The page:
Voluntary Assisted Dying must be accessible to regional NSW

2 June, 2022
Voluntary Assisted Dying must be accessible to regional NSW Image

 

Independent MP for Murray Helen Dalton has welcomed the legalisation of Voluntary Assisted Dying in NSW, but cautioned a huge amount of funding is needed to make the laws accessible to regional residents.

 

 

Mrs Dalton co-sponsored Independent MP Alex Greenwich’s Voluntary Assisted Dying Bill, which passed both houses of NSW Parliament to become law on Thursday.

 

“The law change is long overdue,” Mrs Dalton said. 

 

“It provides a sensible and humane way to allow terminally-ill patients to end their suffering with dignity, with plenty of safeguards in place.”

 

“A survey by Vote Compass indicated 81 per cent of people in my Murray electorate supported this change. I’m here to represent their views.”

 

Mrs Dalton said the challenge now is to make sure the new laws are accessible to regional residents.

 

“One safeguard in place within the new law is that eligibility for euthanasia must be signed off by two doctors,” Mrs Dalton said.

 

“In small towns, it’s hard enough to find one doctor, let alone two.”

 

“The NSW Government must address our chronic GP shortage and significantly increase funding for palliative care in regional areas to ensure rural people aren’t disadvantaged.”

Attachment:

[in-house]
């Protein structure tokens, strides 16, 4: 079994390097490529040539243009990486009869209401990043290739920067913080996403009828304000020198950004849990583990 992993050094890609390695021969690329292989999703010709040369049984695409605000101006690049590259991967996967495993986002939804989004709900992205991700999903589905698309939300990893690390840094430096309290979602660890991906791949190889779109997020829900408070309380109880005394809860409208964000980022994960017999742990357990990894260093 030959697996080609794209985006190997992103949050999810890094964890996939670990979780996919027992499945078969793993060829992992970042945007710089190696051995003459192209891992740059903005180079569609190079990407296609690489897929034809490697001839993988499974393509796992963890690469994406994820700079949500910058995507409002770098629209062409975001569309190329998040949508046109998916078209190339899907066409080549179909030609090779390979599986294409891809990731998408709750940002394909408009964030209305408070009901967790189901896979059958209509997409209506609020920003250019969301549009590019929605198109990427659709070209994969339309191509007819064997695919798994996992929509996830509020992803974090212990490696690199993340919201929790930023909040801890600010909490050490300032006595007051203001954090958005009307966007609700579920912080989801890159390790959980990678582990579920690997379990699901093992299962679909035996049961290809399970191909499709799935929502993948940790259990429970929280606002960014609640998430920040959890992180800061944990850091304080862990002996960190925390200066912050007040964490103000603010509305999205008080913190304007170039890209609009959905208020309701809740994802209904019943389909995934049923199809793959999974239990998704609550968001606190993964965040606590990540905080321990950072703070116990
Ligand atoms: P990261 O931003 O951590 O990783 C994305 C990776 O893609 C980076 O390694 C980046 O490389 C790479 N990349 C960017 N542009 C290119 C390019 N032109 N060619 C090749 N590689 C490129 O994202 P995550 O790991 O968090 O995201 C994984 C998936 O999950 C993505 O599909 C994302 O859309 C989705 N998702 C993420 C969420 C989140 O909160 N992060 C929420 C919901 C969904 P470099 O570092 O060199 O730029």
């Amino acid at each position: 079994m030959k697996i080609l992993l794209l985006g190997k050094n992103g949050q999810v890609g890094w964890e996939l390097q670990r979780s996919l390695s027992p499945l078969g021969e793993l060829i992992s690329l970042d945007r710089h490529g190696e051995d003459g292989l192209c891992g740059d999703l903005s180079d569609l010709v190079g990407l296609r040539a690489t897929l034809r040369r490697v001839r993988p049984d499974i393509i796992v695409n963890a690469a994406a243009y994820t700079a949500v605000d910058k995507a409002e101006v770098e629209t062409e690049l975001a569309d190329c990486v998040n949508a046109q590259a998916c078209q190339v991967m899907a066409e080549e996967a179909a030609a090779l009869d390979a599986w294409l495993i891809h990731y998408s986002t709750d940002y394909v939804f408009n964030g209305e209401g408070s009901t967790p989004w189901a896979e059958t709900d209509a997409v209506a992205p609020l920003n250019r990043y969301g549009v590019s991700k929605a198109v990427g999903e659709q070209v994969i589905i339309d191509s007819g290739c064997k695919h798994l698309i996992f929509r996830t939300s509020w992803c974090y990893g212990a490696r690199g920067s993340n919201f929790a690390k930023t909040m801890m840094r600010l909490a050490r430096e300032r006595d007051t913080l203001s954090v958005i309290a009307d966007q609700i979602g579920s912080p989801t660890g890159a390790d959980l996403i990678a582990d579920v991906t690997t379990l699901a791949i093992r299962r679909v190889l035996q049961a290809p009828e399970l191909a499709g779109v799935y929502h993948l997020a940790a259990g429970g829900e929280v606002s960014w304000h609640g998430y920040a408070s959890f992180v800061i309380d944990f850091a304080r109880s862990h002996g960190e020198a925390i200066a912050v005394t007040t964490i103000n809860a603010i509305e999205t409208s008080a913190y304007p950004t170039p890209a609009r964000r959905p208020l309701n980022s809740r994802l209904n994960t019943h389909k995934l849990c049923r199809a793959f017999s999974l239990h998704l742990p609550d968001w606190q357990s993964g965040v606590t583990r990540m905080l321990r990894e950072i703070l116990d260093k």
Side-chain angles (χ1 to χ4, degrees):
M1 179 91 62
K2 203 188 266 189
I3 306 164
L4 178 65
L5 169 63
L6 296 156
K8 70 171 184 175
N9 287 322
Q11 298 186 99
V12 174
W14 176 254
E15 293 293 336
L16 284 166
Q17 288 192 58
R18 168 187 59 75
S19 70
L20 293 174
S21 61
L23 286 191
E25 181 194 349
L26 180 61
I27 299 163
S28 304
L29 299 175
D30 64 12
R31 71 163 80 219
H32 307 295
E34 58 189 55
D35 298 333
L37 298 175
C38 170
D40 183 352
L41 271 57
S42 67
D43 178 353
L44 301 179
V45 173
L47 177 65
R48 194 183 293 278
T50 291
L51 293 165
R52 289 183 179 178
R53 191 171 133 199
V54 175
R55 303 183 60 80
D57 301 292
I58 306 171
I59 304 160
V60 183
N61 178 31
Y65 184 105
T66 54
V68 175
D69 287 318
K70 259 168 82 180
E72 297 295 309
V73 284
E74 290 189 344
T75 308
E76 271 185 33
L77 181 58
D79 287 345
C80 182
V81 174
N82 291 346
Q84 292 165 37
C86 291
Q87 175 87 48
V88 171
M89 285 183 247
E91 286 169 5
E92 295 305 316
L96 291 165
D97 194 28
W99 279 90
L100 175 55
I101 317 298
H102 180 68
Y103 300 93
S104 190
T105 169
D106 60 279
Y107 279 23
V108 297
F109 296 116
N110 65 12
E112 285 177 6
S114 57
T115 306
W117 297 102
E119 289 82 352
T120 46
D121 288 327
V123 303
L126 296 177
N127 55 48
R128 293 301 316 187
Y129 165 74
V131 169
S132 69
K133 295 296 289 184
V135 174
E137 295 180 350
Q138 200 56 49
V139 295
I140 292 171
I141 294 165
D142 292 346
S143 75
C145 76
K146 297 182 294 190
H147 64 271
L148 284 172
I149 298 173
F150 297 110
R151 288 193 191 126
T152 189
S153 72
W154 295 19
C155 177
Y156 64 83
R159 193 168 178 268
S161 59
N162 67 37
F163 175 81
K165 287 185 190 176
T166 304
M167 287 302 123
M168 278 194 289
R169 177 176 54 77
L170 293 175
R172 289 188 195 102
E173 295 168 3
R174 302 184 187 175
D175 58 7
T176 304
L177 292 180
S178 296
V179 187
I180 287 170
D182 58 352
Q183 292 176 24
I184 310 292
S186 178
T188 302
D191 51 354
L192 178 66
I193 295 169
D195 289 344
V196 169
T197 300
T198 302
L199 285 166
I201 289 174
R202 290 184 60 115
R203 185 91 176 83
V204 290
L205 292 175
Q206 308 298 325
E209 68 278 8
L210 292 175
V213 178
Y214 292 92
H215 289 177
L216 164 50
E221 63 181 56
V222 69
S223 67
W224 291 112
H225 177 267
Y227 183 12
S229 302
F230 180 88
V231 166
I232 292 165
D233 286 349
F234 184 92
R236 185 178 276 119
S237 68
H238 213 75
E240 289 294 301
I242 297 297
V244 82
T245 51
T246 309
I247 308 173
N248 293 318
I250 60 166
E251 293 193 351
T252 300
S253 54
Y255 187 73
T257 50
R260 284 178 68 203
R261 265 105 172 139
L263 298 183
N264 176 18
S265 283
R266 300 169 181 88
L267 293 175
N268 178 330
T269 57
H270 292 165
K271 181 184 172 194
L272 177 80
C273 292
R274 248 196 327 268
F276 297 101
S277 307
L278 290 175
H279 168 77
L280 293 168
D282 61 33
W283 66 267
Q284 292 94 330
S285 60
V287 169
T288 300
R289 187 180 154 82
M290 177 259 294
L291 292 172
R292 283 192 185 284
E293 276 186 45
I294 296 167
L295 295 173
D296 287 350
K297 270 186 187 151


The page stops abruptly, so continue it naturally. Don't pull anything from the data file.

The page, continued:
“In 2019, abortion was decriminalised in NSW. A lot of people celebrated this in Sydney. But there is still nowhere in the Murray electorate – an area of 107,000 square kms – when a woman can access abortion.”

 

“Passing new laws doesn’t mean much in the bush if there’s no funding for people to exercise their rights under legislation.”

 

Mrs Dalton also said it was hypocritical of NSW Premier Perrottet to oppose the new euthanasia laws.

 

“The Premier told Parliament, quote ‘the answer to suffering is to not offer death but care, comfort and compassion’.”

 

“But the Perrottet Government is not offering any care, comfort and compassion to rural health patients.” 

 

“Griffith and Deniliquin cancer patients are having to wait up to eight weeks for lifesaving cancer treatment, because this government won’t fund extra clinics.” 

 

“The Premier needs to fight as hard for sick people trying to stay alive as he did to stop Voluntary Assisted Dying.”

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